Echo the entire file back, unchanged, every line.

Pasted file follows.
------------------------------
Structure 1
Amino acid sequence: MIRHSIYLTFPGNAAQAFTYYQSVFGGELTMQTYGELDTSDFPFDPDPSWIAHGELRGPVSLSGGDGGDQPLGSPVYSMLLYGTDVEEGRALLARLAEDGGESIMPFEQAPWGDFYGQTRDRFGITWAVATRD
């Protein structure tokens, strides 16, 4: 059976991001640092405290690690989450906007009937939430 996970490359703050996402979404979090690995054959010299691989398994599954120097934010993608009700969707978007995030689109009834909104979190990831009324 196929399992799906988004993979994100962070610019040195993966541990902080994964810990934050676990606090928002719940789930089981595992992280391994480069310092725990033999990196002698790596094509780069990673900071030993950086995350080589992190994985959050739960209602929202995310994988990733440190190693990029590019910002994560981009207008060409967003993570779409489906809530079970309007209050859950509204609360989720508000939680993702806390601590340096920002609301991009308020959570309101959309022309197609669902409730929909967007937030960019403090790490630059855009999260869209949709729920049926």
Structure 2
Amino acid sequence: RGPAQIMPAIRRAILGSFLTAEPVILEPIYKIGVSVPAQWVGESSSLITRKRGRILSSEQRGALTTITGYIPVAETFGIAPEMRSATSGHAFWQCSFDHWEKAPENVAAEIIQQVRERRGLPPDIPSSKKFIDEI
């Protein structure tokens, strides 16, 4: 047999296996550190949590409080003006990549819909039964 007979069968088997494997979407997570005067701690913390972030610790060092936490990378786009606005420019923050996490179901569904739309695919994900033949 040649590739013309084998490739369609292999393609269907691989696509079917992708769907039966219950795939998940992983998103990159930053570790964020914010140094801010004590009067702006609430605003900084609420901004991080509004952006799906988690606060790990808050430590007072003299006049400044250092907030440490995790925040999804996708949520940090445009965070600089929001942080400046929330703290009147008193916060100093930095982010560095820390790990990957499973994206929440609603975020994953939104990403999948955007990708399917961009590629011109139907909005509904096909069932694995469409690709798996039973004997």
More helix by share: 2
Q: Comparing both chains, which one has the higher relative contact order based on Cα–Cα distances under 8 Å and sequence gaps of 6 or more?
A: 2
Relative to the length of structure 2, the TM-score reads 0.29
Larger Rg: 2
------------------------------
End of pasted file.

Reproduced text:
Structure 1
Amino acid sequence: MIRHSIYLTFPGNAAQAFTYYQSVFGGELTMQTYGELDTSDFPFDPDPSWIAHGELRGPVSLSGGDGGDQPLGSPVYSMLLYGTDVEEGRALLARLAEDGGESIMPFEQAPWGDFYGQTRDRFGITWAVATRD
């Protein structure tokens, strides 16, 4: 059976991001640092405290690690989450906007009937939430 996970490359703050996402979404979090690995054959010299691989398994599954120097934010993608009700969707978007995030689109009834909104979190990831009324 196929399992799906988004993979994100962070610019040195993966541990902080994964810990934050676990606090928002719940789930089981595992992280391994480069310092725990033999990196002698790596094509780069990673900071030993950086995350080589992190994985959050739960209602929202995310994988990733440190190693990029590019910002994560981009207008060409967003993570779409489906809530079970309007209050859950509204609360989720508000939680993702806390601590340096920002609301991009308020959570309101959309022309197609669902409730929909967007937030960019403090790490630059855009999260869209949709729920049926």
Structure 2
Amino acid sequence: RGPAQIMPAIRRAILGSFLTAEPVILEPIYKIGVSVPAQWVGESSSLITRKRGRILSSEQRGALTTITGYIPVAETFGIAPEMRSATSGHAFWQCSFDHWEKAPENVAAEIIQQVRERRGLPPDIPSSKKFIDEI
């Protein structure tokens, strides 16, 4: 047999296996550190949590409080003006990549819909039964 007979069968088997494997979407997570005067701690913390972030610790060092936490990378786009606005420019923050996490179901569904739309695919994900033949 040649590739013309084998490739369609292999393609269907691989696509079917992708769907039966219950795939998940992983998103990159930053570790964020914010140094801010004590009067702006609430605003900084609420901004991080509004952006799906988690606060790990808050430590007072003299006049400044250092907030440490995790925040999804996708949520940090445009965070600089929001942080400046929330703290009147008193916060100093930095982010560095820390790990990957499973994206929440609603975020994953939104990403999948955007990708399917961009590629011109139907909005509904096909069932694995469409690709798996039973004997």
More helix by share: 2
Q: Comparing both chains, which one has the higher relative contact order based on Cα–Cα distances under 8 Å and sequence gaps of 6 or more?
A: 2
Relative to the length of structure 2, the TM-score reads 0.29
Larger Rg: 2